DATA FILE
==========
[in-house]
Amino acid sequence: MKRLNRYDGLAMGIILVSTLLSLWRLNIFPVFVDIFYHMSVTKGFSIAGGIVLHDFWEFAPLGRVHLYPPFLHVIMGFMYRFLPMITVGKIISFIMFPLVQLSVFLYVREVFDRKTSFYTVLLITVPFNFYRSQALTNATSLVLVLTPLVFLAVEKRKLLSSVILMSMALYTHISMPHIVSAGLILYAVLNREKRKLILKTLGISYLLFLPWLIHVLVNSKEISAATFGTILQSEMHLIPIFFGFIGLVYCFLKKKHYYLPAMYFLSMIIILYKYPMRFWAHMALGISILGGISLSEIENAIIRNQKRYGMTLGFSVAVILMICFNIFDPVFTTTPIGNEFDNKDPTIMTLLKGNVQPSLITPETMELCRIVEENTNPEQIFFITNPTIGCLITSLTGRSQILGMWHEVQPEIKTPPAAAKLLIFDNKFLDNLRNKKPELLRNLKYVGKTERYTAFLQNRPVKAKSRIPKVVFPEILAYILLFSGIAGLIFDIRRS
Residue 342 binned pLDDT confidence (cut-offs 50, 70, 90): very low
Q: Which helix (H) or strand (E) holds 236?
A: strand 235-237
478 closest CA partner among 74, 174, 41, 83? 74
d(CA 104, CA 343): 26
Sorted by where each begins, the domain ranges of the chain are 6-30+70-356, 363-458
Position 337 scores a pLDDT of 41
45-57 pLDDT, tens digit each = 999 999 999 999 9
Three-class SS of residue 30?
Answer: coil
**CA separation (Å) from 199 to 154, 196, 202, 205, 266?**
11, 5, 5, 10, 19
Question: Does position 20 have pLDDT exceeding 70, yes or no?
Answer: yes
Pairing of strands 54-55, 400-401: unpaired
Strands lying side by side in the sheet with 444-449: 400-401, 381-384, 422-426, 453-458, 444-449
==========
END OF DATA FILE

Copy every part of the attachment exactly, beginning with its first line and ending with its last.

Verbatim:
[in-house]
Amino acid sequence: MKRLNRYDGLAMGIILVSTLLSLWRLNIFPVFVDIFYHMSVTKGFSIAGGIVLHDFWEFAPLGRVHLYPPFLHVIMGFMYRFLPMITVGKIISFIMFPLVQLSVFLYVREVFDRKTSFYTVLLITVPFNFYRSQALTNATSLVLVLTPLVFLAVEKRKLLSSVILMSMALYTHISMPHIVSAGLILYAVLNREKRKLILKTLGISYLLFLPWLIHVLVNSKEISAATFGTILQSEMHLIPIFFGFIGLVYCFLKKKHYYLPAMYFLSMIIILYKYPMRFWAHMALGISILGGISLSEIENAIIRNQKRYGMTLGFSVAVILMICFNIFDPVFTTTPIGNEFDNKDPTIMTLLKGNVQPSLITPETMELCRIVEENTNPEQIFFITNPTIGCLITSLTGRSQILGMWHEVQPEIKTPPAAAKLLIFDNKFLDNLRNKKPELLRNLKYVGKTERYTAFLQNRPVKAKSRIPKVVFPEILAYILLFSGIAGLIFDIRRS
Residue 342 binned pLDDT confidence (cut-offs 50, 70, 90): very low
Q: Which helix (H) or strand (E) holds 236?
A: strand 235-237
478 closest CA partner among 74, 174, 41, 83? 74
d(CA 104, CA 343): 26
Sorted by where each begins, the domain ranges of the chain are 6-30+70-356, 363-458
Position 337 scores a pLDDT of 41
45-57 pLDDT, tens digit each = 999 999 999 999 9
Three-class SS of residue 30?
Answer: coil
**CA separation (Å) from 199 to 154, 196, 202, 205, 266?**
11, 5, 5, 10, 19
Question: Does position 20 have pLDDT exceeding 70, yes or no?
Answer: yes
Pairing of strands 54-55, 400-401: unpaired
Strands lying side by side in the sheet with 444-449: 400-401, 381-384, 422-426, 453-458, 444-449